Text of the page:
Ditching the American currency in trade will diminish Washington’s ability to impose its will
By Timur Fomenko, a political analyst
China and Brazil have secured a deal to conduct bilateral trade in their own respective currencies, eliminating the US dollar as an intermediary.
The agreement between the two BRICS countries, which have $150 billion in annual trade, would probably have been signed in Beijing this week had Brazilian President Luiz Inacio Lula da Silva’s scheduled visit not been postponed due to illness. At around the same time, China also conducted its first-ever trade of liquified natural gas settled entirely in yuan with France’s TotalEnergies.
The decision by Brazil and China to pursue non-dollar trade is a huge geopolitical moment, and a sign that countries are seeking to move away from using the US currency, in direct response to Washington’s abuse of the global reserve currency for its own hegemonic aims. Although the greenback will of course remain a prominent force in global trade and economics, the Americans’ ability to use it as a tool with which to bully and quash other countries is diminishing.
The hegemony of the dollar
Since the end of World War II, the United States dollar has been the global reserve currency and a standard for international trade following the establishment of the Bretton Woods system of monetary management by the US and its allies in 1944. Global commodities are priced according to the US dollar, while Washington has positioned itself as the nexus of the global financial system, where most capital is concentrated. As such, banks borrow and lend in terms of dollars, thus making the greenback the lifeblood of the interwoven global economy.
Having consolidated such great power over the global financial system, the US has subsequently been able to utilize the dollar as an overt geopolitical weapon in order to enforce its will on other countries, both directly and indirectly. This has been done through actions or threats of cutting off targeted individuals, entities and even countries at will. These measures are genuinely effective, because being blacklisted from the US dollar can see a serious business lose everything, and not just the American market. This can have such significant influence that third-party entities, including those not even based in the US, may choose to avoid dealing with sanctioned entities due to the risks it brings.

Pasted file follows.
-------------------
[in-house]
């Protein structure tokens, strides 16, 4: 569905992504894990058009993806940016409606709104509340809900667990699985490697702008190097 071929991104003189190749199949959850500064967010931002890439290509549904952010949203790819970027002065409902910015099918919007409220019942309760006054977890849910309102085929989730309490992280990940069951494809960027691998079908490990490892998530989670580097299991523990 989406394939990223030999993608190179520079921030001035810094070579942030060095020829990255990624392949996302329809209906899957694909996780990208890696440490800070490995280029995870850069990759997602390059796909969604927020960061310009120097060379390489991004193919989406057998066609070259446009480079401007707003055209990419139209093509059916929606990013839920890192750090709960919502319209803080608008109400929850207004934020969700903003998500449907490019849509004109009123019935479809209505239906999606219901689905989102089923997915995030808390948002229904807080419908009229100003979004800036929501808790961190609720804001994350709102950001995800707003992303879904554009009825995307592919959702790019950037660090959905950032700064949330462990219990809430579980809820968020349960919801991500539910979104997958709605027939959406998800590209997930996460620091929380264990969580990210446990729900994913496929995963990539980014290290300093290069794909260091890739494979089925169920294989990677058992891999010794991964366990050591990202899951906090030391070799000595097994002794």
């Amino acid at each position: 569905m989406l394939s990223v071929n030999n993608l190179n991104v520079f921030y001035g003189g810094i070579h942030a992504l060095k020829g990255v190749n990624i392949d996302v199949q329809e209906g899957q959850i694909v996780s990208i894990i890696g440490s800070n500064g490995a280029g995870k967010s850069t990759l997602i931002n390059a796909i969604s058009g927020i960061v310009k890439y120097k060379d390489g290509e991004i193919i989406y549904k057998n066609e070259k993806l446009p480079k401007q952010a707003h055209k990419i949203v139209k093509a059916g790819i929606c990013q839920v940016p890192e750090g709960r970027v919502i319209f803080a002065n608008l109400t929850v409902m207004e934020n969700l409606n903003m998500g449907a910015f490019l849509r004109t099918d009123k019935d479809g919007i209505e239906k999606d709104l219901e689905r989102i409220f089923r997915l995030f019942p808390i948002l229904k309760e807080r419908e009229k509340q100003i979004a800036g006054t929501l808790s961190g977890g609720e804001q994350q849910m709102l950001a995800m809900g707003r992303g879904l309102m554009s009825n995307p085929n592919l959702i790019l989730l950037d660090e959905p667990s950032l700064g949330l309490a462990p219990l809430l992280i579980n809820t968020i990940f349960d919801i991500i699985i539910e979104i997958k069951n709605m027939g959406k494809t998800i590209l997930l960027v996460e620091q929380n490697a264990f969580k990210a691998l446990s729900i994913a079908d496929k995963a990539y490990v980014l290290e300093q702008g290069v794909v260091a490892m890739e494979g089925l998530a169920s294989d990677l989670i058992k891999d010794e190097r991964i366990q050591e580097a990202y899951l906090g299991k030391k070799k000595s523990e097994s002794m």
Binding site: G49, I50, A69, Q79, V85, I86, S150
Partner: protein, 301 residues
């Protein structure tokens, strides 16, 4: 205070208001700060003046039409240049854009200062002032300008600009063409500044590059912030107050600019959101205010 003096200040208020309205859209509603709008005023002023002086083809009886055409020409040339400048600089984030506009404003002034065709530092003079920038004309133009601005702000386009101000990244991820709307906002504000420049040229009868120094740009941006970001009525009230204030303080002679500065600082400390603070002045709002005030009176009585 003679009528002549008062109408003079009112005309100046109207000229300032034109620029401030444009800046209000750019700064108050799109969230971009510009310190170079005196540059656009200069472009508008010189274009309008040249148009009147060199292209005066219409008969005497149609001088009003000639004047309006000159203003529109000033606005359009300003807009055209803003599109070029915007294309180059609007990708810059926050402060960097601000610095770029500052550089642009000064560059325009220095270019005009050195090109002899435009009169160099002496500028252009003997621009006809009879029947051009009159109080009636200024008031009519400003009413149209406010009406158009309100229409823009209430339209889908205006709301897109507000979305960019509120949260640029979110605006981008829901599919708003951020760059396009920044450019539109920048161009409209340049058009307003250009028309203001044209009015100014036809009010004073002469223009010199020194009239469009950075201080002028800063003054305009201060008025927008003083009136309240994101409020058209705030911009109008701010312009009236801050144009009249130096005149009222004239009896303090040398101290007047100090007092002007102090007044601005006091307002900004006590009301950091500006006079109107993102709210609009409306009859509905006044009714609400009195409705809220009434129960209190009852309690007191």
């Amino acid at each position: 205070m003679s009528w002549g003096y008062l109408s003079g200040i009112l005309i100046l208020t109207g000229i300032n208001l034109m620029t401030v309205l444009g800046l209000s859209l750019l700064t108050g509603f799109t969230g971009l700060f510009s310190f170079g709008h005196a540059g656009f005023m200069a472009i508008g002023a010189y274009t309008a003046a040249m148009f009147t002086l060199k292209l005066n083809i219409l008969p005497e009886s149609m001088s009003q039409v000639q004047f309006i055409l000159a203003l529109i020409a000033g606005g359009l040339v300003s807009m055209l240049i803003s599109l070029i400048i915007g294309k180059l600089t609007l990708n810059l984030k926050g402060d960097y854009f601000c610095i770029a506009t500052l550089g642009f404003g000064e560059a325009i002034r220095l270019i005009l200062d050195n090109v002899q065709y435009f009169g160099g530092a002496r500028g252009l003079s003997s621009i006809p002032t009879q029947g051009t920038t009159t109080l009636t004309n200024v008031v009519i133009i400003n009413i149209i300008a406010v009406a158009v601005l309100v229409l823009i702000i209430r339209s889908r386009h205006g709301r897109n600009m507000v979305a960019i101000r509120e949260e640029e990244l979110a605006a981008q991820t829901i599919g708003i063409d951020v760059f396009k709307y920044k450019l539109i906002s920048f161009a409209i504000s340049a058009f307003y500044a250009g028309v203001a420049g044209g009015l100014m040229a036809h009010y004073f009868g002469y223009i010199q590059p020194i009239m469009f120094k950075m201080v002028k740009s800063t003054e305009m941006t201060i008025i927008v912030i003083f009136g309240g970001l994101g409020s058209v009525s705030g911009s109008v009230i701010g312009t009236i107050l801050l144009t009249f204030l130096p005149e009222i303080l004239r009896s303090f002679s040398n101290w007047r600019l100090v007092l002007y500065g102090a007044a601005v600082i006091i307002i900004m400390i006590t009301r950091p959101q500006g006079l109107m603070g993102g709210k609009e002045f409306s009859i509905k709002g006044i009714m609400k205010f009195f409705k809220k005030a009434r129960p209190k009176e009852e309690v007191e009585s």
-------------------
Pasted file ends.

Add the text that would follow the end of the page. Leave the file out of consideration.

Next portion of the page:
To be fair, such measures can serve worthy purposes. For example, US sanctions can cut off funding for terrorist groups and tackle organized crime, and therefore have a genuine security benefit. However, US sanctions in recent years have increasingly become a means of unilaterally attempting to impose America’s will on third-party countries, and with the intention to serve geopolitical ends. Washington has become obsessed with sanctions and has distributed thousands of them, often with the goal of comprehensively isolating and impoverishing smaller countries, such as Syria, North Korea and Iran. Although the US will always claim it doesn’t sanction food or humanitarian aid deliveries to these countries, the sanctions are often so broad and extensive that all legitimate means of doing business with the target country are closed off.
It is no surprise, given Washington’s industrial-scale abuse of sanctions as a political weapon, that there is growing pushback from other countries that increasingly see the dollar as arbitrary and unreliable. As a result, political momentum for alternative payment systems is growing, which is seen as a sign of defending national sovereignty in an uncertain world increasingly defined by geopolitical competition. For China, a mammoth trading nation that is being subjected to increasing hostility by the US, this is a growing priority as it faces a potential scenario of a war over control of the US-backed island of Taiwan.
If such a war broke out, the US would likely respond in a similar manner to how it did with Russia, and attempt to blacklist thousands of Chinese firms from the US dollar in an attempt to cripple the country’s economy. Therefore, developing dollar-less currency and financial systems outside US control is a priority, especially with like-minded countries that have a vested interest in multipolarity (which is pretty much anyone outside of the collective West). As such, these are not just countries designated as “adversaries” by Washington. As President of Indonesia Joko Widodo told the media: “Be very careful. We must remember the sanctions imposed by the US on Russia.” He urged the development of domestic payment methods, noting “offshore settlements and dependence on foreign payment networks such as US Visa or Mastercard will no longer be necessary.”
In conclusion, the growing traction for alternative currency and payment systems is a political reaction to the increasing politicization and weaponization of the US dollar as a means to control other countries. Additionally, the US Federal Reserve, through decisions such as interest rate hikes, may also make economic choices which benefit America at the expense of the rest of the world. As a result, many nations increasingly see the US dollar as an obstacle to their own economic sovereignty and development, and this is why nations such as those in BRICS are acting now to de-dollarize their economies. Of course, the gravity of the dollar will always be strong, but the days of it being used to abuse and impoverish others are fading as multipolarity arrives.
The statements, views and opinions expressed in this column are solely those of the author and do not necessarily represent those of RT.